- Gail D. Heyman, Anna S. Hsu, Genyue Fu, Kang Lee
- Published Online:
- 05 Feb 2014
- Volume/Issue No:
- Volume 48 Issue 6
Instrumental lying by parents in the US and China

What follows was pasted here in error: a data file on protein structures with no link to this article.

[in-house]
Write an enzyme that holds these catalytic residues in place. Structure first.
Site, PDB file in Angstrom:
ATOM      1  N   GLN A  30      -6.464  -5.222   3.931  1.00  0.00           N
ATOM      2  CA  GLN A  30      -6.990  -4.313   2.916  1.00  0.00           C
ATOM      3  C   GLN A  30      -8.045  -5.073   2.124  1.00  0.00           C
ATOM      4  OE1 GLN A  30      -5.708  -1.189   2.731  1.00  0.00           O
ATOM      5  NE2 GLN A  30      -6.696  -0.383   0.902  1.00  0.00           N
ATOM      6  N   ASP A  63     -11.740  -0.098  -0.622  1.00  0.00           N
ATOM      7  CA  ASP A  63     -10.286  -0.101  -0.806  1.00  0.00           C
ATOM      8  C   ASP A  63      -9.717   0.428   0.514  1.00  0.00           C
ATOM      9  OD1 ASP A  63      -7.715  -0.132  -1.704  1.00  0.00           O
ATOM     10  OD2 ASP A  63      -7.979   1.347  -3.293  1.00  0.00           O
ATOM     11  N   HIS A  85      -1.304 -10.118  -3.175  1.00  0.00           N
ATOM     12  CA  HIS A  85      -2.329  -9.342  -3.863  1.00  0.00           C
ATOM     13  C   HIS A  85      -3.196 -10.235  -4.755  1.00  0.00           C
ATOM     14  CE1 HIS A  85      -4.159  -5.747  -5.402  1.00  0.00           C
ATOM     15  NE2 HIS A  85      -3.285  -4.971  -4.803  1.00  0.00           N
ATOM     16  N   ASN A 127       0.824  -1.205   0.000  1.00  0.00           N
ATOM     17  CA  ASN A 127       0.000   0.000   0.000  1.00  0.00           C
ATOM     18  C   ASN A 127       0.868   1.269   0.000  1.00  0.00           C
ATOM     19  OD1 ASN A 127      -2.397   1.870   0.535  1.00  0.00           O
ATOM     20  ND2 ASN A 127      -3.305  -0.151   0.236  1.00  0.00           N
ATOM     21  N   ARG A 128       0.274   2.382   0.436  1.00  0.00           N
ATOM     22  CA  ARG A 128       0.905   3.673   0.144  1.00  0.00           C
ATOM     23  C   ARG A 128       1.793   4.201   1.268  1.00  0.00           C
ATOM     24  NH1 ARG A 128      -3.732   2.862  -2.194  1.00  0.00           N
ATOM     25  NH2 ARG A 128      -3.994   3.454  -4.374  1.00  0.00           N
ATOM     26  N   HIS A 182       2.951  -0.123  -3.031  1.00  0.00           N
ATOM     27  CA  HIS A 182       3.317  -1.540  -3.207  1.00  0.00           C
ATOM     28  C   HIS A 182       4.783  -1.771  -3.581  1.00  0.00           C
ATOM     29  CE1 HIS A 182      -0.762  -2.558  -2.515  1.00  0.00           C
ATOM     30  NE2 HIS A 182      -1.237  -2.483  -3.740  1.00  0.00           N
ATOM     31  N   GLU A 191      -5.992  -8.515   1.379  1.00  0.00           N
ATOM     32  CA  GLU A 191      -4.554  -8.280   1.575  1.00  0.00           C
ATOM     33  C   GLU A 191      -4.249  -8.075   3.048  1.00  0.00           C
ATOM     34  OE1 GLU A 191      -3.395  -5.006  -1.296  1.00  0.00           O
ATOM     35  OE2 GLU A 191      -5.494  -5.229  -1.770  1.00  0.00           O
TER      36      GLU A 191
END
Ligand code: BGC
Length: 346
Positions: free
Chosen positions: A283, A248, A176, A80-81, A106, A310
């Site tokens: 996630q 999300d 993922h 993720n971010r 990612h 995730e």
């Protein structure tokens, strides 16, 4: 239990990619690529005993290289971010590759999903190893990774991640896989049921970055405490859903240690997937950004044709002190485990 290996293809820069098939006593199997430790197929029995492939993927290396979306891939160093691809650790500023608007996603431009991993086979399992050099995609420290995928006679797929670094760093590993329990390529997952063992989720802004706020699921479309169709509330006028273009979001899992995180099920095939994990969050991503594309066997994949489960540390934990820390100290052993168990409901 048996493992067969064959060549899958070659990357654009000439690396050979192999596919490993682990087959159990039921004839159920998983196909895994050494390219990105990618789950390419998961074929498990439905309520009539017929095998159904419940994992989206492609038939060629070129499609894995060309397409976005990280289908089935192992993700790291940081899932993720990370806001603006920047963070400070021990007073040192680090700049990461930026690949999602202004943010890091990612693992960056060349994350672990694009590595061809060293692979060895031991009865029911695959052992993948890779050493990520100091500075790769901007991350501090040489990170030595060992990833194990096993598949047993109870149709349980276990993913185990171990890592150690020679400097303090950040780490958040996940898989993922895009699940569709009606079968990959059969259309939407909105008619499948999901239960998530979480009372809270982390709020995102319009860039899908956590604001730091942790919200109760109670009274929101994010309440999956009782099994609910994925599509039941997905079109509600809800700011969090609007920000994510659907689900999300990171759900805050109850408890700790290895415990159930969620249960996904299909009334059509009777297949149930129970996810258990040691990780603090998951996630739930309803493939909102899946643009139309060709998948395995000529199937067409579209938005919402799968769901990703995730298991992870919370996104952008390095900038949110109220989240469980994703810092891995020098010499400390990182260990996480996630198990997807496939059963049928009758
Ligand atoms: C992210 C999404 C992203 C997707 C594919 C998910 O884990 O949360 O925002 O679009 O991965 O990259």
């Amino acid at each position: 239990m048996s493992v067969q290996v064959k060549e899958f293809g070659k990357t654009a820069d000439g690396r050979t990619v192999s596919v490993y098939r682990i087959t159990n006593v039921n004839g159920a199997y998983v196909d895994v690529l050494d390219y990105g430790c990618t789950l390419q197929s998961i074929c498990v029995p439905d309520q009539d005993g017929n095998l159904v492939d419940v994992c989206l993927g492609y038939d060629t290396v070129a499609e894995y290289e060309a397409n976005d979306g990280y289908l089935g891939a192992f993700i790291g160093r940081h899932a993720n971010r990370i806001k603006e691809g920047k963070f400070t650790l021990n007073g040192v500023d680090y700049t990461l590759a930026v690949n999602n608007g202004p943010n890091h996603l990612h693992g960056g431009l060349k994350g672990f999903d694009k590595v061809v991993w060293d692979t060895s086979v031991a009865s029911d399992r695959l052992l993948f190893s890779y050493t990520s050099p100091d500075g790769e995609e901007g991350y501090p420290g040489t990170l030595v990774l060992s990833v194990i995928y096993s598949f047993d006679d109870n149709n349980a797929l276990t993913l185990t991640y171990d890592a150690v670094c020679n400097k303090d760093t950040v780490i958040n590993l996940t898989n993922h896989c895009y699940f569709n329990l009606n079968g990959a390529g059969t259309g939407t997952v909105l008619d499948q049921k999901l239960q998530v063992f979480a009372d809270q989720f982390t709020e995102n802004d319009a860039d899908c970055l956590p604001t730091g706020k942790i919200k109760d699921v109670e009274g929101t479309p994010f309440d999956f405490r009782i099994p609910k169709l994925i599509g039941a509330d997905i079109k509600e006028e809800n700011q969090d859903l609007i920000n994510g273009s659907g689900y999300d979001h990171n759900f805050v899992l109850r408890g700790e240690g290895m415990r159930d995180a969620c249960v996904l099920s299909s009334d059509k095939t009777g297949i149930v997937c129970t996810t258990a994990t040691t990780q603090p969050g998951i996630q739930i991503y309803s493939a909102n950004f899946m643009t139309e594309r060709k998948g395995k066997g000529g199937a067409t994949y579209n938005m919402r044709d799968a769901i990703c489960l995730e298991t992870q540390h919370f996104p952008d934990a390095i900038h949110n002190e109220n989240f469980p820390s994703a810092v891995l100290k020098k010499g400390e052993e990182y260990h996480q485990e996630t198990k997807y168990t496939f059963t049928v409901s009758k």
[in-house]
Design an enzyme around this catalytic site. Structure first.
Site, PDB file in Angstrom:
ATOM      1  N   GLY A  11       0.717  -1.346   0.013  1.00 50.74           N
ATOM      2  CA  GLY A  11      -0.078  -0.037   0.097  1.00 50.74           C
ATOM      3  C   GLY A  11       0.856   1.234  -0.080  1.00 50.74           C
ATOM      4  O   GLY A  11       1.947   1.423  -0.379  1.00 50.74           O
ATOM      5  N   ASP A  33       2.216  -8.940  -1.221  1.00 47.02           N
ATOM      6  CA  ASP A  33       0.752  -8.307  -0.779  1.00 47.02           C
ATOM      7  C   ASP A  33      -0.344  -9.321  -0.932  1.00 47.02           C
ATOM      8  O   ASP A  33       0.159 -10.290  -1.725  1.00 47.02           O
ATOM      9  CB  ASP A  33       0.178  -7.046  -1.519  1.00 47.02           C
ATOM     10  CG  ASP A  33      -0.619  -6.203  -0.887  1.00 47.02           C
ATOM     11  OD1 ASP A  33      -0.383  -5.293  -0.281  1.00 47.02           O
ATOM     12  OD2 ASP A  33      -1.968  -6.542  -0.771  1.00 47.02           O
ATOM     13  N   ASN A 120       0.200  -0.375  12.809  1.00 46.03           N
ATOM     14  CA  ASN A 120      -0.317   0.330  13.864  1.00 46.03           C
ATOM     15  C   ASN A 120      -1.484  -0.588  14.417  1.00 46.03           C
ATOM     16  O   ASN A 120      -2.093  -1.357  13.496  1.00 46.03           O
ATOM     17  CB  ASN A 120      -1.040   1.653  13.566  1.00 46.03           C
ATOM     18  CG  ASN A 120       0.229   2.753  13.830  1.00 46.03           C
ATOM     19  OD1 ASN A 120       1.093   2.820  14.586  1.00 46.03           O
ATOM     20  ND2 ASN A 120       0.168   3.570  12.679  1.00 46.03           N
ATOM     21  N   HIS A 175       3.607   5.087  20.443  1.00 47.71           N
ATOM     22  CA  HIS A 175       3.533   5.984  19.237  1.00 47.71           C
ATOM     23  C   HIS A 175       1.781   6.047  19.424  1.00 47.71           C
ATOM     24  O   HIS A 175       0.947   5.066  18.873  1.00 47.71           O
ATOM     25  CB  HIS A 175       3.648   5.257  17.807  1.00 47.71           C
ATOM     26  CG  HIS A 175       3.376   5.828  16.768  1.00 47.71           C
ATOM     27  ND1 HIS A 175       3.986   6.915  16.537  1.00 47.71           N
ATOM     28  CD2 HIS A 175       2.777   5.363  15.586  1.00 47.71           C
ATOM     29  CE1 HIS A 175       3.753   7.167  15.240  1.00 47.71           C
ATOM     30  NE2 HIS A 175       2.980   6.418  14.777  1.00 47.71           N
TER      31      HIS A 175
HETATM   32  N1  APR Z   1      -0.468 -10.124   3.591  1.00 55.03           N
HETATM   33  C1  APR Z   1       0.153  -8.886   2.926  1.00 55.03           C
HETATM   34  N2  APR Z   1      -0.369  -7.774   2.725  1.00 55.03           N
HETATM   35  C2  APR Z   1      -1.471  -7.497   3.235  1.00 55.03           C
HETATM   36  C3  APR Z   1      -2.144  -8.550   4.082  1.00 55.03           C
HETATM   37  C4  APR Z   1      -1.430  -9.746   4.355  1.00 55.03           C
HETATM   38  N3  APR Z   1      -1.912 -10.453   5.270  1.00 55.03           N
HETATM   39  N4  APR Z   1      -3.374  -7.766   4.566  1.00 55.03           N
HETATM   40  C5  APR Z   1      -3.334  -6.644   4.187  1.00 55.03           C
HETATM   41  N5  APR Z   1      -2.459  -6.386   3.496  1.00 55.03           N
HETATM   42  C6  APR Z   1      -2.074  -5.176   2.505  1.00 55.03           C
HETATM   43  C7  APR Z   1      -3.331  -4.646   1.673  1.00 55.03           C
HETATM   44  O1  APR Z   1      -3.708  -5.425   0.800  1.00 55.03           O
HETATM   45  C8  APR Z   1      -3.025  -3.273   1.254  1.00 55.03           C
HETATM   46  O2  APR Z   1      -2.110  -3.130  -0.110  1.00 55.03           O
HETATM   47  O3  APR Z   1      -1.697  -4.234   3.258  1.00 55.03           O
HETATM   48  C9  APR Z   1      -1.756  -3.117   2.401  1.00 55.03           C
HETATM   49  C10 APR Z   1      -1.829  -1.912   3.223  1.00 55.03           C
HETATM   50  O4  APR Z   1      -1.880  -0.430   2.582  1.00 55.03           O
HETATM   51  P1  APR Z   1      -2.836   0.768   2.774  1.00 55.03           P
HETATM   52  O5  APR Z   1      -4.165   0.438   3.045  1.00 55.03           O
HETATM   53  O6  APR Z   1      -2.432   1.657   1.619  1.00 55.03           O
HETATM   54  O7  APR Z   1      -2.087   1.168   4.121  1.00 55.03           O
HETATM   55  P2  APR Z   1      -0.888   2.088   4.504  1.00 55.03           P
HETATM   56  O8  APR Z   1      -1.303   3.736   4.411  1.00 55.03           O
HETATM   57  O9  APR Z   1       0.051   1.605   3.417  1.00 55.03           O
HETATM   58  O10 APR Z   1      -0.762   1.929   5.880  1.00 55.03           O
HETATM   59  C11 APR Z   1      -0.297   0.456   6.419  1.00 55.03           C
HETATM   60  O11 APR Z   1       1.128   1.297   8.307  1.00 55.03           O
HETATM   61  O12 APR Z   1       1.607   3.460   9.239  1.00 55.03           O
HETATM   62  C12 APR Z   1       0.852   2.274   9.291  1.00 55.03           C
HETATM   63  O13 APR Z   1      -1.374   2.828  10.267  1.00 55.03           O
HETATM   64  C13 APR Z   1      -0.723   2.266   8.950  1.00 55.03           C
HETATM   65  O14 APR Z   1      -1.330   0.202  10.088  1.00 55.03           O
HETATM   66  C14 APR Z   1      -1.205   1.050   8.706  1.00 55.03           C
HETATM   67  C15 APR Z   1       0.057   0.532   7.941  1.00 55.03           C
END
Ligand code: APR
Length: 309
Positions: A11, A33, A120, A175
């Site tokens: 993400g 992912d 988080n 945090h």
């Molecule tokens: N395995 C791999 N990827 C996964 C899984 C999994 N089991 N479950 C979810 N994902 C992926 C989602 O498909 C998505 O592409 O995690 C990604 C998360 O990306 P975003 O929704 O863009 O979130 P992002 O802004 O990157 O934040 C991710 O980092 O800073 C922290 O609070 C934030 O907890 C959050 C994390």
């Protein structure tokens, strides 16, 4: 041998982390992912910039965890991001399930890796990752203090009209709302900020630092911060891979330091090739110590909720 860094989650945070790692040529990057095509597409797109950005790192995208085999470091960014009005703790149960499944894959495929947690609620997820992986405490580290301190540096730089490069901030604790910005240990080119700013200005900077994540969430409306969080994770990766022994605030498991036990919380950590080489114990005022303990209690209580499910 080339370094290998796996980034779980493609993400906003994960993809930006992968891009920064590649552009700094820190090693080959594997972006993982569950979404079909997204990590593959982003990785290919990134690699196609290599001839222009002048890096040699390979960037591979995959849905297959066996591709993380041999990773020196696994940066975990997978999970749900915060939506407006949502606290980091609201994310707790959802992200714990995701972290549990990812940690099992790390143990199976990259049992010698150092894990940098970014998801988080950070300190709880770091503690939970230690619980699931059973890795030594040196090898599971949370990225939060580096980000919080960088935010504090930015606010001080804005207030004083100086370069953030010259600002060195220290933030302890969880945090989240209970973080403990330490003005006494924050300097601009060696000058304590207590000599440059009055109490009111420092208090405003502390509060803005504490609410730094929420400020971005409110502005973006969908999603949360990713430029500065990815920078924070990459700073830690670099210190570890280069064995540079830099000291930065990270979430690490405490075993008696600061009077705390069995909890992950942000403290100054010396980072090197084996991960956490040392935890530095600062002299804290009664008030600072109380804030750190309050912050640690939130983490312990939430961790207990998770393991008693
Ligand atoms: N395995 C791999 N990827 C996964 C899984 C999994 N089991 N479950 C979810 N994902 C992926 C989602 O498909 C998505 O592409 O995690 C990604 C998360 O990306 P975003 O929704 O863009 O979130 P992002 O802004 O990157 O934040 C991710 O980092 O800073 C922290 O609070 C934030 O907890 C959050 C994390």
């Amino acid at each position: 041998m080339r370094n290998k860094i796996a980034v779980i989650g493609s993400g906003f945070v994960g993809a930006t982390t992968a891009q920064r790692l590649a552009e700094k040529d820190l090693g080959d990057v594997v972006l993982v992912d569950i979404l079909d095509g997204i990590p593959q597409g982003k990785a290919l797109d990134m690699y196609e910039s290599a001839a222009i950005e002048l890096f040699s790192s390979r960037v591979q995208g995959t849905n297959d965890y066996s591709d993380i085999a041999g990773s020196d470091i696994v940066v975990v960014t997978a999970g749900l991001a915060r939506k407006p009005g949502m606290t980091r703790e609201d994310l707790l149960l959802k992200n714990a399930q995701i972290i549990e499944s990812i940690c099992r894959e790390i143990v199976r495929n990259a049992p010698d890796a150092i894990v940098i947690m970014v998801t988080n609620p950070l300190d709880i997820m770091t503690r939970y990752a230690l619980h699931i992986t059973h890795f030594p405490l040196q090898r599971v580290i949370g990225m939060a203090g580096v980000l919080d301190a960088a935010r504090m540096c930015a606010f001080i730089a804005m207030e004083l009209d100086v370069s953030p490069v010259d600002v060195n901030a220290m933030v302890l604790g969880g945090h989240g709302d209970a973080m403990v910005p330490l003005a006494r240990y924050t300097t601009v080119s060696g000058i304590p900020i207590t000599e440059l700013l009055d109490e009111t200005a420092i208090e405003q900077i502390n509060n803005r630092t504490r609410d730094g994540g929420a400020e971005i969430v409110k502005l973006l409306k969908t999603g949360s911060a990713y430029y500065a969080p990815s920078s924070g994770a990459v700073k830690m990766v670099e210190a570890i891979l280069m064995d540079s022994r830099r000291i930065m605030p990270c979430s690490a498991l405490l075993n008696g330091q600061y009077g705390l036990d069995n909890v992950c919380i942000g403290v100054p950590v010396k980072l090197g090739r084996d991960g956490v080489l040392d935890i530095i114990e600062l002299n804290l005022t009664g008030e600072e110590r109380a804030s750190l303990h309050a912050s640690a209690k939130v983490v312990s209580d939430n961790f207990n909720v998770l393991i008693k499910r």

The practice of lying to one's children to encourage behavioral compliance was investigated among parents in the US (N = 114) and China (N = 85). The vast majority of parents (84% in the US and 98% in China) reported having lied to their children for this purpose. Within each country, the practice most frequently took the form of falsely threatening to leave a child alone in public if he or she refused to follow the parent. Crosscultural differences were seen: A larger proportion of the parents in China reported that they employed instrumental lie‐telling to promote behavioral compliance, and a larger proportion approved of this practice, as compared to the parents in the US. This difference was not seen on measures relating to the practice of lying to promote positive feelings, or on measures relating to statements about fantasy characters such as the tooth fairy. Findings are discussed with reference to sociocultural values and certain parenting‐related challenges that extend across cultures.
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